In 1998, the Modern Library polled its editorial board to determine the 100 best novels published that century. While these classics are adored with the benefit of time and hindsight, they weren't universally loved when they were first published. Here are 20 harsh reviews of some of the best novels of the 20th century.

1. Ulysses // James Joyce

Joyce’s magnum opus redefined literature and was a major event upon its release in 1922. Some bought into its radical structure, but others didn’t—including fellow modernist Virginia Woolf. In her diary she called Ulysses “an illiterate, underbred book it seems to me: the book of a self-taught working man, and we all know how distressing they are, how egotistic, insistent, raw, striking, and ultimately nauseating ... never did any book so bore me.”

2. The Great Gatsby // F. Scott Fitzgerald

Cited by many as the Great American Novel, Fitzgerald’s inimitable The Great Gatsby remains a staple in classrooms and on bookshelves the world over. Critic and journalist H.L. Mencken, however, called it “no more than a glorified anecdote,” and that “it is certainly not to be put on the same shelf, with, say, This Side of Paradise [Fitzgerald’s debut novel].” In her review for the New York Evening World, critic Ruth Snyder said, “We are quite convinced after reading The Great Gatsby that Mr. Fitzgerald is not one of the great American writers of to-day.”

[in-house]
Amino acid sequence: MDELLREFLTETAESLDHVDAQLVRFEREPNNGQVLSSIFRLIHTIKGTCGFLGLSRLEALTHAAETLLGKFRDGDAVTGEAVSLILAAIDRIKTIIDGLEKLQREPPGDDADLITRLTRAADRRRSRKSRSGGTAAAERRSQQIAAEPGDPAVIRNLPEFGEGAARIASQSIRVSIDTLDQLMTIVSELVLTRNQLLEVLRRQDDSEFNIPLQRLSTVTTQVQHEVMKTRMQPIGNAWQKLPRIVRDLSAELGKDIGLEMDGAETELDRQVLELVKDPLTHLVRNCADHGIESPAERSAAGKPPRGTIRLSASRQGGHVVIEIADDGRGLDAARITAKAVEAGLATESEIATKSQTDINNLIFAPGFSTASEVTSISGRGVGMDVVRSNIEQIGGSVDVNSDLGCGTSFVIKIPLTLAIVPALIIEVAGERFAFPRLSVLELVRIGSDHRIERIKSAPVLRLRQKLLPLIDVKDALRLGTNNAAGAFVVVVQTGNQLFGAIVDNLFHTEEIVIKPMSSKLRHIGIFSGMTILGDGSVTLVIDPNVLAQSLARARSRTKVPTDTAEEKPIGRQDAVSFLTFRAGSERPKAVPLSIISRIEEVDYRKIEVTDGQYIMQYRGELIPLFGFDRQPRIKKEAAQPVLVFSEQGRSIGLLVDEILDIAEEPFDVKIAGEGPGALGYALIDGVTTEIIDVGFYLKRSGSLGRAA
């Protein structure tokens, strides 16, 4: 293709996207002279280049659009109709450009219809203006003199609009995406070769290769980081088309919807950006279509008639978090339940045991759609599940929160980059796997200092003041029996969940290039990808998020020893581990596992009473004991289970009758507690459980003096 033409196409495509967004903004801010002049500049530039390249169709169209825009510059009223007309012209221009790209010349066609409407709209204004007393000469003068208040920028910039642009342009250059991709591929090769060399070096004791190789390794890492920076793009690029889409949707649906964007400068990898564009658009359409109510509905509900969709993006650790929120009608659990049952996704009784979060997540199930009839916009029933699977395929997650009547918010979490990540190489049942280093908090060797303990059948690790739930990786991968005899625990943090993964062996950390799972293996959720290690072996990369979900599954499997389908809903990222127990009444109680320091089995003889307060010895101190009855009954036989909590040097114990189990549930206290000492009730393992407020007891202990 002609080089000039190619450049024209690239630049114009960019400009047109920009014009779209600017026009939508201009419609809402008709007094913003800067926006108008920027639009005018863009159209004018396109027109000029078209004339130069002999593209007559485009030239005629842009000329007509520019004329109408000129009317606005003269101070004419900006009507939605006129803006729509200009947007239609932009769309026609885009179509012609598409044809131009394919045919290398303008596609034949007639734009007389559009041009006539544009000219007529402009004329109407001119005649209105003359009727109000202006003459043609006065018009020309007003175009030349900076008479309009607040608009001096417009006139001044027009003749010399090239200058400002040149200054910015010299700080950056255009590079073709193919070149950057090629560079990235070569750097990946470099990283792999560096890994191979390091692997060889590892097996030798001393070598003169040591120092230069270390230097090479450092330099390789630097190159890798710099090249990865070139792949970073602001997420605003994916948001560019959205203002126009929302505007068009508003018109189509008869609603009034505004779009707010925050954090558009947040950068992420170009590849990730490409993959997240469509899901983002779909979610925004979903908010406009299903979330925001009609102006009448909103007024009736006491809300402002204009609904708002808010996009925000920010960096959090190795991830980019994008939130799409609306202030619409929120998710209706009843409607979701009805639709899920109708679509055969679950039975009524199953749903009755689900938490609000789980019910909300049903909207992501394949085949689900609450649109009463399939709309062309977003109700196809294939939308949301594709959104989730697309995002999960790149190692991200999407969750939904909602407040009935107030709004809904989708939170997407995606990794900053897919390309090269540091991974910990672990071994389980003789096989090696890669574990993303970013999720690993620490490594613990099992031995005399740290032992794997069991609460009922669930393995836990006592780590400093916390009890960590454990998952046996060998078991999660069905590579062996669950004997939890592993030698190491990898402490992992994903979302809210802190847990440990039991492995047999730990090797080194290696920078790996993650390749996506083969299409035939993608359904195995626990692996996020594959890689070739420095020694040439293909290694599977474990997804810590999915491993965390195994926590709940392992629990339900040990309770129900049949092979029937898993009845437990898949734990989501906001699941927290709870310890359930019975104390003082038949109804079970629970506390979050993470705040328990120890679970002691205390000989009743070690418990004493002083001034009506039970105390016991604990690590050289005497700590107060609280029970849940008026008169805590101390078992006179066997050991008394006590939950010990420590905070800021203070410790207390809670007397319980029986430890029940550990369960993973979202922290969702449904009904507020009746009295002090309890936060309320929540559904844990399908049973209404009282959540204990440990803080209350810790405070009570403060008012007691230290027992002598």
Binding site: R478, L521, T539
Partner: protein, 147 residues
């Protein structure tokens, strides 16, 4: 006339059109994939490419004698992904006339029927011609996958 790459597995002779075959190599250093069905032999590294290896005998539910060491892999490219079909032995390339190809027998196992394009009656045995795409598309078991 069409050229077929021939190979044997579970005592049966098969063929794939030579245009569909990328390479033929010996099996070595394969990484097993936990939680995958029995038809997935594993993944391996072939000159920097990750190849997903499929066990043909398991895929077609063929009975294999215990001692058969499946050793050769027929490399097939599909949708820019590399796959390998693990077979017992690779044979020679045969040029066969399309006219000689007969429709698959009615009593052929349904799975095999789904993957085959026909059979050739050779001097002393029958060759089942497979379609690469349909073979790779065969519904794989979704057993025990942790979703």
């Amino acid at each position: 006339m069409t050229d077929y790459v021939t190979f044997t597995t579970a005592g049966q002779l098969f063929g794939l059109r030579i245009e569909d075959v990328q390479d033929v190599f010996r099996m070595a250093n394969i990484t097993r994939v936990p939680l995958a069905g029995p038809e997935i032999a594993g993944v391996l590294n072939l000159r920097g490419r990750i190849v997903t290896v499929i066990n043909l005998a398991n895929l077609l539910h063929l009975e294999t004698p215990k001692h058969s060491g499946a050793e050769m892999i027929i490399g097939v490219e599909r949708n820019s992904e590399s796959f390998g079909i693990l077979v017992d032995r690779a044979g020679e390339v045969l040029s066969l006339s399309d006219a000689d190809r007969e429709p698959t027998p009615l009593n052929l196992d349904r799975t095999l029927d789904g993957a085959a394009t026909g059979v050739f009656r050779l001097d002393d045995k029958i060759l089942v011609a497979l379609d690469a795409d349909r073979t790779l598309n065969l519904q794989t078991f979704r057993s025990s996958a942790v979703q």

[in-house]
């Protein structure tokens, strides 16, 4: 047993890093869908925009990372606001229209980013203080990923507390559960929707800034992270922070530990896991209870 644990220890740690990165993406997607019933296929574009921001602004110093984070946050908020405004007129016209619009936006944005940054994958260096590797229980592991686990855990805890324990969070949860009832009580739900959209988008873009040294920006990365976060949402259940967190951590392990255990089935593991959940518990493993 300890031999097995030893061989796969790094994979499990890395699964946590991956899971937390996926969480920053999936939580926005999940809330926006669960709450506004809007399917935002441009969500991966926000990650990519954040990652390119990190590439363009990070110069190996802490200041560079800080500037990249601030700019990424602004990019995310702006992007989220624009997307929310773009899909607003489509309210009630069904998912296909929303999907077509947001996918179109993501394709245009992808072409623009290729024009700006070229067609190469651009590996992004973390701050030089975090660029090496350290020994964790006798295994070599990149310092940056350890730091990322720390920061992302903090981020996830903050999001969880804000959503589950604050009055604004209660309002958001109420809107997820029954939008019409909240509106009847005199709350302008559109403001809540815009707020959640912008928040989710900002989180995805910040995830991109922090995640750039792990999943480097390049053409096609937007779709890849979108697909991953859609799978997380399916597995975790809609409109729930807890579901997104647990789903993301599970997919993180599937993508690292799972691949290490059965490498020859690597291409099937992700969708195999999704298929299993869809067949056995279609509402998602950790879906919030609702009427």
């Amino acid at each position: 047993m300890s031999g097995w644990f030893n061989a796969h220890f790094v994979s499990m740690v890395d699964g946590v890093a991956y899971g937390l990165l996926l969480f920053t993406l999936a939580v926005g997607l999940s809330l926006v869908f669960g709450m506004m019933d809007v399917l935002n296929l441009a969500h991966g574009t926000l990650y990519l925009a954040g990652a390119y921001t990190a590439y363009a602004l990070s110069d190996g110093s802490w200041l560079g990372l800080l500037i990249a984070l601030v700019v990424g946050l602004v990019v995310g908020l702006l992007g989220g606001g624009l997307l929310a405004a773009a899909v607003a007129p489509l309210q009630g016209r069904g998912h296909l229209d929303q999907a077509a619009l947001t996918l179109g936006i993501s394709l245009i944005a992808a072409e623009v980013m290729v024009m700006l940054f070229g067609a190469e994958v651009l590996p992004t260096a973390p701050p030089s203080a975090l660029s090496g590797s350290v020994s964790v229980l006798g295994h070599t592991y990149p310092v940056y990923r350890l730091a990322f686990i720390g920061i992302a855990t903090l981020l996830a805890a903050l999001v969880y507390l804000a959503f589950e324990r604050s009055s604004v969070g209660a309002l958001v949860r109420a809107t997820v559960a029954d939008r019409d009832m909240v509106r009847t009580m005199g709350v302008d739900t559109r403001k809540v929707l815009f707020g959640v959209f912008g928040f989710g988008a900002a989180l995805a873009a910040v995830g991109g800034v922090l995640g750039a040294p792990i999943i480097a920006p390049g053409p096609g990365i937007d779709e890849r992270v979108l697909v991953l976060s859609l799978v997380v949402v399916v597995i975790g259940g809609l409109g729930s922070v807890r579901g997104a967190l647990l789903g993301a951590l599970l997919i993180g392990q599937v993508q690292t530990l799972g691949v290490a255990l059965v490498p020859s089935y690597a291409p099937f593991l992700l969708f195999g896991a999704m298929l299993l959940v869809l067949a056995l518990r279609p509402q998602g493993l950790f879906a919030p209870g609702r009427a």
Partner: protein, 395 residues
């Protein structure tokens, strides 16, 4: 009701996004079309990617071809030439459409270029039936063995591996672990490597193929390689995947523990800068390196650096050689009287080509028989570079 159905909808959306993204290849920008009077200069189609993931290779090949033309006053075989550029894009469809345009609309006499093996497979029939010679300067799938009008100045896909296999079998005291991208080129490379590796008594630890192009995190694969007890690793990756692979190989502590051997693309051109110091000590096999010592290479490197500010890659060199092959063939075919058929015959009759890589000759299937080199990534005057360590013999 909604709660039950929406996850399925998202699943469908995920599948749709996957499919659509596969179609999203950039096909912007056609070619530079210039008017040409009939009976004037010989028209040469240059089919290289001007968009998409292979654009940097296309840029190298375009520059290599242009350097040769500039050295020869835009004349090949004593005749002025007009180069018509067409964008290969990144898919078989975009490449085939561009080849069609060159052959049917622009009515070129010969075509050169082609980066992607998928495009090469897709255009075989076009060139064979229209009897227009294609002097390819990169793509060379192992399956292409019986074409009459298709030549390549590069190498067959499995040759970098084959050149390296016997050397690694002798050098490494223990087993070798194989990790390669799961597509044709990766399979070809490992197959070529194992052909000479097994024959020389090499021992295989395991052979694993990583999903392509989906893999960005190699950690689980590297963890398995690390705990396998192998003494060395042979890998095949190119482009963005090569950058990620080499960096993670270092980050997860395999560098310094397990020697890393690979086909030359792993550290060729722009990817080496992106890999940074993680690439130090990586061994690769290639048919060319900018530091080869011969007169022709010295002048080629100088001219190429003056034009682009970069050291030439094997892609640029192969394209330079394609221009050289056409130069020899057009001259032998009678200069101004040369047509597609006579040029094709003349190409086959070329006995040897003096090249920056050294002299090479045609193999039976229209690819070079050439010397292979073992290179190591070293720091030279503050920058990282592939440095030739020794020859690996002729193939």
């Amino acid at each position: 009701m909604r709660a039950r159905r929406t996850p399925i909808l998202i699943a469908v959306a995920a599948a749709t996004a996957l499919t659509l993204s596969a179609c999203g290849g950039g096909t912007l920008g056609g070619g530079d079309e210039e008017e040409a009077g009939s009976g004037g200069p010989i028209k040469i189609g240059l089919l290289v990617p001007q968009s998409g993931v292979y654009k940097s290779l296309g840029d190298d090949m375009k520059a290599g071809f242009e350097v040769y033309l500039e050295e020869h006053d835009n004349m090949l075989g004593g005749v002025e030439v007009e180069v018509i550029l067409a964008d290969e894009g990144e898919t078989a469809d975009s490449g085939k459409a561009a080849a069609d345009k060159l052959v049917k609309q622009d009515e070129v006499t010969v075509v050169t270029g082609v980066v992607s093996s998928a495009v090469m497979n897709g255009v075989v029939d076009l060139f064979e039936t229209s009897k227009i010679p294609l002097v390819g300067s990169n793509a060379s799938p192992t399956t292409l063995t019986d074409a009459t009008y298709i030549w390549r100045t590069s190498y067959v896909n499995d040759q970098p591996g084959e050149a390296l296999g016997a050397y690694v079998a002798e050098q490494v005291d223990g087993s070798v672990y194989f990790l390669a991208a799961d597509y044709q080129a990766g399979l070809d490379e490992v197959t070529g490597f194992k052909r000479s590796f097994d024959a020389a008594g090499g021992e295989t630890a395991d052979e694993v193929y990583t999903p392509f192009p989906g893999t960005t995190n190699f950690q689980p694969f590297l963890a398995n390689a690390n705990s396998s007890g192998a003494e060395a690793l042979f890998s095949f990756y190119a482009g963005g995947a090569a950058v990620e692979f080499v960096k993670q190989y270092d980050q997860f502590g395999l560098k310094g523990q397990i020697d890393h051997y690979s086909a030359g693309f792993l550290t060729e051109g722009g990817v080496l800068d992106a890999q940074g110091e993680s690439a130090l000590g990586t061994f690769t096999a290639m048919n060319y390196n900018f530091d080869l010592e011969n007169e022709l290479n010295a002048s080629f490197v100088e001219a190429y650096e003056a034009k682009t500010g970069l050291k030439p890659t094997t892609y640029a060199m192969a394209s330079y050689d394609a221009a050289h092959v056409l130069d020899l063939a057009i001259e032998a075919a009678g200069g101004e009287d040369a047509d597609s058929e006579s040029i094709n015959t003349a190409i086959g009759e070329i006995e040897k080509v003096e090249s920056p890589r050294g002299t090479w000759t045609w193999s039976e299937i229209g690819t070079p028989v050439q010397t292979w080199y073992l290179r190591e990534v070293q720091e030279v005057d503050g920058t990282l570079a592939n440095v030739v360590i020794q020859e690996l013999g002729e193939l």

3. Lolita // Vladimir Nabokov

Nabokov’s novel about a literature professor who becomes obsessed with a 12-year-old girl wasn’t without controversy when it was published in 1958. Orville Prescott’s review in The New York Times listed two reasons why Lolita “isn't worth any adult reader's attention.” “The first,” he said, “is that it is dull, dull, dull in a pretentious, florid and archly fatuous fashion. The second is that it is repulsive.” Later in the same review, he called Nabokov’s writing “highbrow pornography.”

4. Brave New World // Aldous Huxley